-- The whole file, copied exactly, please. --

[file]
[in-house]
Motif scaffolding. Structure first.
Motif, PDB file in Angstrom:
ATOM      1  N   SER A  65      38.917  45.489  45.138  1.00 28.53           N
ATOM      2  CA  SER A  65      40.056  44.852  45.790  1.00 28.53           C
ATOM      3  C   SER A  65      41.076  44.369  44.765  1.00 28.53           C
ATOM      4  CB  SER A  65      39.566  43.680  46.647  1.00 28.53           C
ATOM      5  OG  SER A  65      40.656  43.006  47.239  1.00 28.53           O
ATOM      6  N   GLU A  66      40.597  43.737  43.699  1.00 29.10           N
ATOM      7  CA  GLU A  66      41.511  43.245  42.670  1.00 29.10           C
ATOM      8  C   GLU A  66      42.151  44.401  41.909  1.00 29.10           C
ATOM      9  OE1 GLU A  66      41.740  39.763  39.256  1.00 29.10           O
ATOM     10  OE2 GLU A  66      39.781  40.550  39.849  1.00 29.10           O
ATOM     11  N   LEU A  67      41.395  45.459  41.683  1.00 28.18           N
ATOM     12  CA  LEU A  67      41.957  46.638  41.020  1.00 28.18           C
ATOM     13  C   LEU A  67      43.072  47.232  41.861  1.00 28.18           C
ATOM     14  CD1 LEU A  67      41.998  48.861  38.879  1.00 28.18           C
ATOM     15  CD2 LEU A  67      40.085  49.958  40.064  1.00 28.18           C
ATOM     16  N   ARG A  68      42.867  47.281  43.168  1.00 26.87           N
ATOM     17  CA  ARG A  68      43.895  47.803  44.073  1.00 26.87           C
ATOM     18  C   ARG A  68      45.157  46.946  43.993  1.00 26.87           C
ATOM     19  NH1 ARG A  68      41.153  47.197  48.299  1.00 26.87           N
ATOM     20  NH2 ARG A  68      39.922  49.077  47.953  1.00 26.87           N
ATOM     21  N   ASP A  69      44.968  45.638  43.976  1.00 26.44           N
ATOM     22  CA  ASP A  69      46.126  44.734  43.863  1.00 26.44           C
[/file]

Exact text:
[in-house]
Motif scaffolding. Structure first.
Motif, PDB file in Angstrom:
ATOM      1  N   SER A  65      38.917  45.489  45.138  1.00 28.53           N
ATOM      2  CA  SER A  65      40.056  44.852  45.790  1.00 28.53           C
ATOM      3  C   SER A  65      41.076  44.369  44.765  1.00 28.53           C
ATOM      4  CB  SER A  65      39.566  43.680  46.647  1.00 28.53           C
ATOM      5  OG  SER A  65      40.656  43.006  47.239  1.00 28.53           O
ATOM      6  N   GLU A  66      40.597  43.737  43.699  1.00 29.10           N
ATOM      7  CA  GLU A  66      41.511  43.245  42.670  1.00 29.10           C
ATOM      8  C   GLU A  66      42.151  44.401  41.909  1.00 29.10           C
ATOM      9  OE1 GLU A  66      41.740  39.763  39.256  1.00 29.10           O
ATOM     10  OE2 GLU A  66      39.781  40.550  39.849  1.00 29.10           O
ATOM     11  N   LEU A  67      41.395  45.459  41.683  1.00 28.18           N
ATOM     12  CA  LEU A  67      41.957  46.638  41.020  1.00 28.18           C
ATOM     13  C   LEU A  67      43.072  47.232  41.861  1.00 28.18           C
ATOM     14  CD1 LEU A  67      41.998  48.861  38.879  1.00 28.18           C
ATOM     15  CD2 LEU A  67      40.085  49.958  40.064  1.00 28.18           C
ATOM     16  N   ARG A  68      42.867  47.281  43.168  1.00 26.87           N
ATOM     17  CA  ARG A  68      43.895  47.803  44.073  1.00 26.87           C
ATOM     18  C   ARG A  68      45.157  46.946  43.993  1.00 26.87           C
ATOM     19  NH1 ARG A  68      41.153  47.197  48.299  1.00 26.87           N
ATOM     20  NH2 ARG A  68      39.922  49.077  47.953  1.00 26.87           N
ATOM     21  N   ASP A  69      44.968  45.638  43.976  1.00 26.44           N
ATOM     22  CA  ASP A  69      46.126  44.734  43.863  1.00 26.44           C